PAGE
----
• When to eat secrets.
  • To calculate whether you survive or not from the "outplay" came from Mysterious Challenger.
  • Whether you want to rage-quit or not.

I mean, who can forget activating a chain reaction of Noble Sacrifice>>Avenge>>Redemption upon attacking, hearing "Get down!" lines over and over again? In addition to that, as if Avenge wasn't enough, Competitive Spirit was ready to proc after your opponent's turn has come and Repentance would punish you hard if misplayed around it. Couldn't imagine what was illustrated until there? If so, have a look at this video from pro player Kolento in January 2016 to grasp the idea of how Secret Paladin was busted since the print of "Who am I? None of your business!":

(What is this video? Stop asking questions and watch it right here!)

Right now, I can imagine your questions popping out of your head, such as "If that archetype was strong, how come it wasn't popular in 2019's Wild meta?" The reasons for this are straightforward, so let's dive in.

  • As time went by, Odd Paladin became popular as the best Aggro deck with stronger finishers than Secret Paladin.
  • Secret Paladin was partially supported from expansion to expansion such as Hydrologist from Journey to Un'Goro and Bellringer Sentry from The Witchwood but not as extensive until the release of Rise of Shadows, with Commander Rhyssa and Never Surrender! leading the resurgence of Secret Paladin.
  • Skulking Geist will eat your Secrets at breakfast if played, putting you in a position where you got naked.

Even though these reasons are against you, that doesn't mean you can't play Secret Paladin in Wild format, whether in Casual or Ranked. Rather, now is the time for you to test out Dr. 6 in Secret Paladin decks to bring back fond memories with him. I have an unorthodox deck for you to utilize him well: Highlander Mecha'thun Secret Paladin! You heard me right, the guide is included for those who are interested:

If you wonder his true identity, I guess you need to find out by examining these decks yourself. Also, credit where it's due, I couldn't have made this deck if not for Solem. Check this video to see how Secret Paladin fares well in 2019's Wild meta.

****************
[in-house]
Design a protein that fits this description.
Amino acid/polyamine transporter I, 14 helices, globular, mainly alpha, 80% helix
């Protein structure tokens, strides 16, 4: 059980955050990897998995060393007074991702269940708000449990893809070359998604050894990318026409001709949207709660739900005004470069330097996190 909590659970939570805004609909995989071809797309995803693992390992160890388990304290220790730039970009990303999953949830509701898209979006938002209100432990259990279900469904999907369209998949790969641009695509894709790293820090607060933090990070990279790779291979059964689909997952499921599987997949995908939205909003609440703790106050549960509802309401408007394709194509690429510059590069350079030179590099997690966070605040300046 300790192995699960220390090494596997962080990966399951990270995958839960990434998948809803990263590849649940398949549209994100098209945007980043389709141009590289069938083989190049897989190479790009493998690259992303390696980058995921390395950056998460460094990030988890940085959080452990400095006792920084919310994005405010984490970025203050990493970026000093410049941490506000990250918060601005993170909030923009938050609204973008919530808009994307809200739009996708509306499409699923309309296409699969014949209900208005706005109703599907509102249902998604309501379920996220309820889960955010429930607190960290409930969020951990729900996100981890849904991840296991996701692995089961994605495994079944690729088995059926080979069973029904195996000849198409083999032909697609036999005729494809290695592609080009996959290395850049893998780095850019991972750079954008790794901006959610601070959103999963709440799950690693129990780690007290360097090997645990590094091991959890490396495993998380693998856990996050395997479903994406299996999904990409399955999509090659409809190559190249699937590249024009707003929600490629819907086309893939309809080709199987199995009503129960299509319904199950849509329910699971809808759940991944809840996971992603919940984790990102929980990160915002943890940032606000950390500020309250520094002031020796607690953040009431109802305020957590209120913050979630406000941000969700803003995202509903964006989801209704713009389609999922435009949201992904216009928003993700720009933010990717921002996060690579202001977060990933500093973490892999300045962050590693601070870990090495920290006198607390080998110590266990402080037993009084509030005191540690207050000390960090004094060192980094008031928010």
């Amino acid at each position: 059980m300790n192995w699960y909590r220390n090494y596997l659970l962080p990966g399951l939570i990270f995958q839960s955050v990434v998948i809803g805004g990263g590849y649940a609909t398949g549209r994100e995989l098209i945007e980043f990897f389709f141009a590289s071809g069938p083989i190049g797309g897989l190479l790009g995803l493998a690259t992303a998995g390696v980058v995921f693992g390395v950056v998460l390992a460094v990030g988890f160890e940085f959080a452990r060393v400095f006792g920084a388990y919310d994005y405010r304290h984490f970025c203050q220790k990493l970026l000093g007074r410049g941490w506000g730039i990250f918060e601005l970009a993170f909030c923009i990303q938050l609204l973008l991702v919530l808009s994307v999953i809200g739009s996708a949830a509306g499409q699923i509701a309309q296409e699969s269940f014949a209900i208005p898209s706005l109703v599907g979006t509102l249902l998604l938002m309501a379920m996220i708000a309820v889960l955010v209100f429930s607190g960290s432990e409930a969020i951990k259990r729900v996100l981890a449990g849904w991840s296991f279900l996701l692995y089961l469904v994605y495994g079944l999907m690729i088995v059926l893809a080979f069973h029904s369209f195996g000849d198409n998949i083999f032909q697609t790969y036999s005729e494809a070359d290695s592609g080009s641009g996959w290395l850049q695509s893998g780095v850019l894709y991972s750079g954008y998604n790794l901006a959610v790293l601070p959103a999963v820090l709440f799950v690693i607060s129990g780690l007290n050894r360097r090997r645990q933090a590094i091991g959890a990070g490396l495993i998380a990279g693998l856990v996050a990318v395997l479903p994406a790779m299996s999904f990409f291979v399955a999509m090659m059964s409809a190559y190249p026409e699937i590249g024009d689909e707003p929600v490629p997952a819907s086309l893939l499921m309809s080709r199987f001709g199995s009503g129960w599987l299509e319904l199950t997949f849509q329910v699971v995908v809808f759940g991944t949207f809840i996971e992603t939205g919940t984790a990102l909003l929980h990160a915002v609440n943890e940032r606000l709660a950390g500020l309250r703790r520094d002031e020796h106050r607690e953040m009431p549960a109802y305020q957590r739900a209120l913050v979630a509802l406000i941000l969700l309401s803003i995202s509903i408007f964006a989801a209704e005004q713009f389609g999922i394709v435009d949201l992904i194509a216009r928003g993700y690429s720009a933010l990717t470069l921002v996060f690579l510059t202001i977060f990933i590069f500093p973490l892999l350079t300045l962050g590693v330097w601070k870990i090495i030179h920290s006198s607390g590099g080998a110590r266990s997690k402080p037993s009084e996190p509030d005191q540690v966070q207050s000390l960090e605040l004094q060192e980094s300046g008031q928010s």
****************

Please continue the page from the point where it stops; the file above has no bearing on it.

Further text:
(Who are you? The era of flesh is my business!)

The Return of Lonely Stag

Malorne Card Image

Oh boy, Goblins vs Gnomes sure was favored a lot for today's article! We're going to wrap things up by looking at some untapped potential through Malorne. You've likely never encountered this big Beast in your Hearthstone Travels; Personally I've only seen him three times during my whole four years of playing this game. After my first encounter with him, while playing in the Wild format in 2016, I crafted him during Karazhan-era and have no regrets.

  • One Night in Karazhan expansion granted Menagerie Warden. Thanks to copying lots of Malornes, you will cycle them endlessly, blocking you from fatigue damage. Just imagine pairing this with N'Zoth.
  • The Witchwood expansion gave us Witching Hour to resurrect even more Malornes. Combine this with Archmage Vargoth, and you can summon two of them at the same time.
  • Rastakhan's Rumble added Stampeding Roar to rush through your opponent's large minions, enabling Malorne to defeat Voidlord with ease.

Historically speaking, we didn't see much play with Malorne due to Druids instead opting for more powerful late-game finishers such as the infamous pre-nerfed Innervate + Force of Nature + Savage Roar which could be played on turn 7. On a similar pre-nerf note, Big Game Hunter was a scary force back when he was only a 3-drop. Losing your 7 mana play to something that cheap didn't feel great and it being neutral meant everyone could tech it into their decks.

Jumping forward to today, we don't see Malorne much due to it being a slower card. Wild's meta is all about "How can I close the game before turn 6 shows up and ruins it?" Secret Mage being Tier 1 and bursting your face means you'll be dead before getting to have any fun with Malorne. Playing around with Big Beasts as an archetype can also be difficult due to it getting new additions every expansion, increasing the cost of playing the deck. Sticking to old-yet-strong flavors such as Jade Druid and Linecracker Armor Druid, give Wild players the ability to have fun, be competitive, and lighten the load on their wallet.

We can still have fun though with Malorne and I advise you to play him over in Casual. Aurin777 has found a deck that gives him a home and you should consider checking it out.

More decks were returned with him, right here!

That's all for today. Let us know in the comments which cards you feel don't get the time of day anymore and until next time, peace out and stay tuned for more!